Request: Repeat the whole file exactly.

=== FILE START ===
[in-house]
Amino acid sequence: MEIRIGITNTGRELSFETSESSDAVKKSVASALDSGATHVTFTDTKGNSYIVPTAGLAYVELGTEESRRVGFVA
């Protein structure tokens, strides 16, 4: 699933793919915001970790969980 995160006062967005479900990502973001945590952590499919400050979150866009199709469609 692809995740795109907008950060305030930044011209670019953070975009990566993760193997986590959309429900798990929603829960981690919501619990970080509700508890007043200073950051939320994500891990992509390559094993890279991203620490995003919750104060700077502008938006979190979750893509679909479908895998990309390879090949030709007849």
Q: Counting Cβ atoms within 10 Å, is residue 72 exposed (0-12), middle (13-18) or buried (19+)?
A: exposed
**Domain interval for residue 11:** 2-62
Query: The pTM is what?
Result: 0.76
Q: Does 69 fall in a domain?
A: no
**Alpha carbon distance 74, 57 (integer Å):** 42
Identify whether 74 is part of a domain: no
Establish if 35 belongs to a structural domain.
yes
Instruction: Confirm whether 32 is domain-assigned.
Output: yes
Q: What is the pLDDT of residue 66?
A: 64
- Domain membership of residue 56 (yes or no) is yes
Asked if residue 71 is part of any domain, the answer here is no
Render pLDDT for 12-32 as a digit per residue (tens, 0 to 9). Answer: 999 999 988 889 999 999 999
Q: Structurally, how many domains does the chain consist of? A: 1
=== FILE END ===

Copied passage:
[in-house]
Amino acid sequence: MEIRIGITNTGRELSFETSESSDAVKKSVASALDSGATHVTFTDTKGNSYIVPTAGLAYVELGTEESRRVGFVA
């Protein structure tokens, strides 16, 4: 699933793919915001970790969980 995160006062967005479900990502973001945590952590499919400050979150866009199709469609 692809995740795109907008950060305030930044011209670019953070975009990566993760193997986590959309429900798990929603829960981690919501619990970080509700508890007043200073950051939320994500891990992509390559094993890279991203620490995003919750104060700077502008938006979190979750893509679909479908895998990309390879090949030709007849």
Q: Counting Cβ atoms within 10 Å, is residue 72 exposed (0-12), middle (13-18) or buried (19+)?
A: exposed
**Domain interval for residue 11:** 2-62
Query: The pTM is what?
Result: 0.76
Q: Does 69 fall in a domain?
A: no
**Alpha carbon distance 74, 57 (integer Å):** 42
Identify whether 74 is part of a domain: no
Establish if 35 belongs to a structural domain.
yes
Instruction: Confirm whether 32 is domain-assigned.
Output: yes
Q: What is the pLDDT of residue 66?
A: 64
- Domain membership of residue 56 (yes or no) is yes
Asked if residue 71 is part of any domain, the answer here is no
Render pLDDT for 12-32 as a digit per residue (tens, 0 to 9). Answer: 999 999 988 889 999 999 999
Q: Structurally, how many domains does the chain consist of? A: 1